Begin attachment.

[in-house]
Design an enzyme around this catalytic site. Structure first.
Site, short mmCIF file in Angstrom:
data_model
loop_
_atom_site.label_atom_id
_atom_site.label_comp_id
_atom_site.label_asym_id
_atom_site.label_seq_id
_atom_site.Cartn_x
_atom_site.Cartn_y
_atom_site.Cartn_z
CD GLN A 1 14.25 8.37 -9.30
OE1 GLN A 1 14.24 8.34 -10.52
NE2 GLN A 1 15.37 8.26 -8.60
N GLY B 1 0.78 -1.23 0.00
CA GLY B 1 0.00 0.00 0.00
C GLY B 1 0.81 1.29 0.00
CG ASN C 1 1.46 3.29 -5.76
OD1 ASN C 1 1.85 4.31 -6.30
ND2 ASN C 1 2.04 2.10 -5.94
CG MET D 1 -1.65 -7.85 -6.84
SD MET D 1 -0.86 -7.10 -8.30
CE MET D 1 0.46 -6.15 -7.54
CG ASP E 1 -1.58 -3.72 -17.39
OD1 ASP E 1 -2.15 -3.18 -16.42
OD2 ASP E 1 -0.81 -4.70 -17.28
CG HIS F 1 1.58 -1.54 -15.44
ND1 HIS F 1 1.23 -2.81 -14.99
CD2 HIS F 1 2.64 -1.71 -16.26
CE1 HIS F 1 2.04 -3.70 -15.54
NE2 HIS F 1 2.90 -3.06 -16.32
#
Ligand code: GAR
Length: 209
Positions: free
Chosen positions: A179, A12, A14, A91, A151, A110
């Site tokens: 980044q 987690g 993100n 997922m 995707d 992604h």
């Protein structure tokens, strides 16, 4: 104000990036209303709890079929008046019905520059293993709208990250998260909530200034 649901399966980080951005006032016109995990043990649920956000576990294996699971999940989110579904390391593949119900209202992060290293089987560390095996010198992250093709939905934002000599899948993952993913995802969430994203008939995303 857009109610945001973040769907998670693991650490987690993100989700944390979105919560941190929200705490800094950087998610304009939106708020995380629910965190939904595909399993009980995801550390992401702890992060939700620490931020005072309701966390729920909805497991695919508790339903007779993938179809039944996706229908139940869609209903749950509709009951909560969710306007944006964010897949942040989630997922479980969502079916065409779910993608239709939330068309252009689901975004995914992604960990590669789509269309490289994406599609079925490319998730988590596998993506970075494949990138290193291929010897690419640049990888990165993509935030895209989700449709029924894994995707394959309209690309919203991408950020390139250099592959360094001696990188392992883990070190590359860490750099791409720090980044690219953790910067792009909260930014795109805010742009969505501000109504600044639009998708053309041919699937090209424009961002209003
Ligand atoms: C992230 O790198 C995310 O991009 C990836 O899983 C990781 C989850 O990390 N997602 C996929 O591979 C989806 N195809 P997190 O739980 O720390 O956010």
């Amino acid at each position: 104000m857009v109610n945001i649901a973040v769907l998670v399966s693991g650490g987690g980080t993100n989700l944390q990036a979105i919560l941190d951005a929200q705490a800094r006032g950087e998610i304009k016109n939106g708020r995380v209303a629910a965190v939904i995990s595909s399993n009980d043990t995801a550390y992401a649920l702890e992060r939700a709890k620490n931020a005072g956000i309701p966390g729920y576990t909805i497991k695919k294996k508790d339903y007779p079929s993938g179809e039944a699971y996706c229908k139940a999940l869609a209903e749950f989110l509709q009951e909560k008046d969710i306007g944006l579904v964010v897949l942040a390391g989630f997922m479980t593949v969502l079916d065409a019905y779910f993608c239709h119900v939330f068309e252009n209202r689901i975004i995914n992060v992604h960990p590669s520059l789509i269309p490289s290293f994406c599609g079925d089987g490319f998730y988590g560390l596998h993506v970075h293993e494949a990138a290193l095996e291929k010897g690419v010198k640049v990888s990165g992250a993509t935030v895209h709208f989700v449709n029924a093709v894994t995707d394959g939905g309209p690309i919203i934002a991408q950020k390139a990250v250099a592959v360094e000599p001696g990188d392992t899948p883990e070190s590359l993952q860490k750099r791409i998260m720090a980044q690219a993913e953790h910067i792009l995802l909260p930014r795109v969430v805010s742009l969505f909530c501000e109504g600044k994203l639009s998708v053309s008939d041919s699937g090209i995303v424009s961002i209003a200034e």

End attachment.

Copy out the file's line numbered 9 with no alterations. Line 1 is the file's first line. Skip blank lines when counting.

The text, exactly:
_atom_site.label_seq_id